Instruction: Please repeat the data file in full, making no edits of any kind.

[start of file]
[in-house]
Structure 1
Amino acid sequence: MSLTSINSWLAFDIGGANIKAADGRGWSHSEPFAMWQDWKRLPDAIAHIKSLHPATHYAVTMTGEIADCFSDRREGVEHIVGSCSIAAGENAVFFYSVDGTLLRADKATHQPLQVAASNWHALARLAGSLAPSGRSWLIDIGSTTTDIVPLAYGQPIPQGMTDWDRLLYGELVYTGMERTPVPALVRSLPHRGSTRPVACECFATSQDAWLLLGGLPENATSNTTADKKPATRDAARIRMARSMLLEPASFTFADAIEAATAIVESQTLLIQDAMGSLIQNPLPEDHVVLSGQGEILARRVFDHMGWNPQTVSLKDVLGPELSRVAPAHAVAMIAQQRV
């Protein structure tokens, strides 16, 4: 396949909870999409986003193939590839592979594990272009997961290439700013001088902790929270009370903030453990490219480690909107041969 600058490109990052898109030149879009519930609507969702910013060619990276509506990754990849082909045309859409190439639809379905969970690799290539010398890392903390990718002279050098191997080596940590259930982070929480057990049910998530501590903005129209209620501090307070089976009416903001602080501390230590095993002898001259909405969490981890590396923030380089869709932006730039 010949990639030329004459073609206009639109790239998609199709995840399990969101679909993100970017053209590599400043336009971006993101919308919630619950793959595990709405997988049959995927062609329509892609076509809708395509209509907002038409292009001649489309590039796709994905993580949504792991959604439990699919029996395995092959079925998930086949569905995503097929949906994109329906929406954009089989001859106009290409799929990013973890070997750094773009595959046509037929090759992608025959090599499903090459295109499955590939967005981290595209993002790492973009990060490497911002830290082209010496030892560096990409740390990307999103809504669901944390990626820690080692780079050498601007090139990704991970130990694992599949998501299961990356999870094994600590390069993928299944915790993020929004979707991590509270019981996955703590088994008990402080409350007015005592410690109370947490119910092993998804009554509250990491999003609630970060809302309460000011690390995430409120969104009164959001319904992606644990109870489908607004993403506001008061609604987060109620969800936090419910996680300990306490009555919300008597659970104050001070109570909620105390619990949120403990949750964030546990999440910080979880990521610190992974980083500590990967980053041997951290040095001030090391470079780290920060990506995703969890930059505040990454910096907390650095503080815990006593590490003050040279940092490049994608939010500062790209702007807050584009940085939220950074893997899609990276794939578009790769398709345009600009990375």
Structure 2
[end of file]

[in-house]
Structure 1
Amino acid sequence: MSLTSINSWLAFDIGGANIKAADGRGWSHSEPFAMWQDWKRLPDAIAHIKSLHPATHYAVTMTGEIADCFSDRREGVEHIVGSCSIAAGENAVFFYSVDGTLLRADKATHQPLQVAASNWHALARLAGSLAPSGRSWLIDIGSTTTDIVPLAYGQPIPQGMTDWDRLLYGELVYTGMERTPVPALVRSLPHRGSTRPVACECFATSQDAWLLLGGLPENATSNTTADKKPATRDAARIRMARSMLLEPASFTFADAIEAATAIVESQTLLIQDAMGSLIQNPLPEDHVVLSGQGEILARRVFDHMGWNPQTVSLKDVLGPELSRVAPAHAVAMIAQQRV
């Protein structure tokens, strides 16, 4: 396949909870999409986003193939590839592979594990272009997961290439700013001088902790929270009370903030453990490219480690909107041969 600058490109990052898109030149879009519930609507969702910013060619990276509506990754990849082909045309859409190439639809379905969970690799290539010398890392903390990718002279050098191997080596940590259930982070929480057990049910998530501590903005129209209620501090307070089976009416903001602080501390230590095993002898001259909405969490981890590396923030380089869709932006730039 010949990639030329004459073609206009639109790239998609199709995840399990969101679909993100970017053209590599400043336009971006993101919308919630619950793959595990709405997988049959995927062609329509892609076509809708395509209509907002038409292009001649489309590039796709994905993580949504792991959604439990699919029996395995092959079925998930086949569905995503097929949906994109329906929406954009089989001859106009290409799929990013973890070997750094773009595959046509037929090759992608025959090599499903090459295109499955590939967005981290595209993002790492973009990060490497911002830290082209010496030892560096990409740390990307999103809504669901944390990626820690080692780079050498601007090139990704991970130990694992599949998501299961990356999870094994600590390069993928299944915790993020929004979707991590509270019981996955703590088994008990402080409350007015005592410690109370947490119910092993998804009554509250990491999003609630970060809302309460000011690390995430409120969104009164959001319904992606644990109870489908607004993403506001008061609604987060109620969800936090419910996680300990306490009555919300008597659970104050001070109570909620105390619990949120403990949750964030546990999440910080979880990521610190992974980083500590990967980053041997951290040095001030090391470079780290920060990506995703969890930059505040990454910096907390650095503080815990006593590490003050040279940092490049994608939010500062790209702007807050584009940085939220950074893997899609990276794939578009790769398709345009600009990375």
Structure 2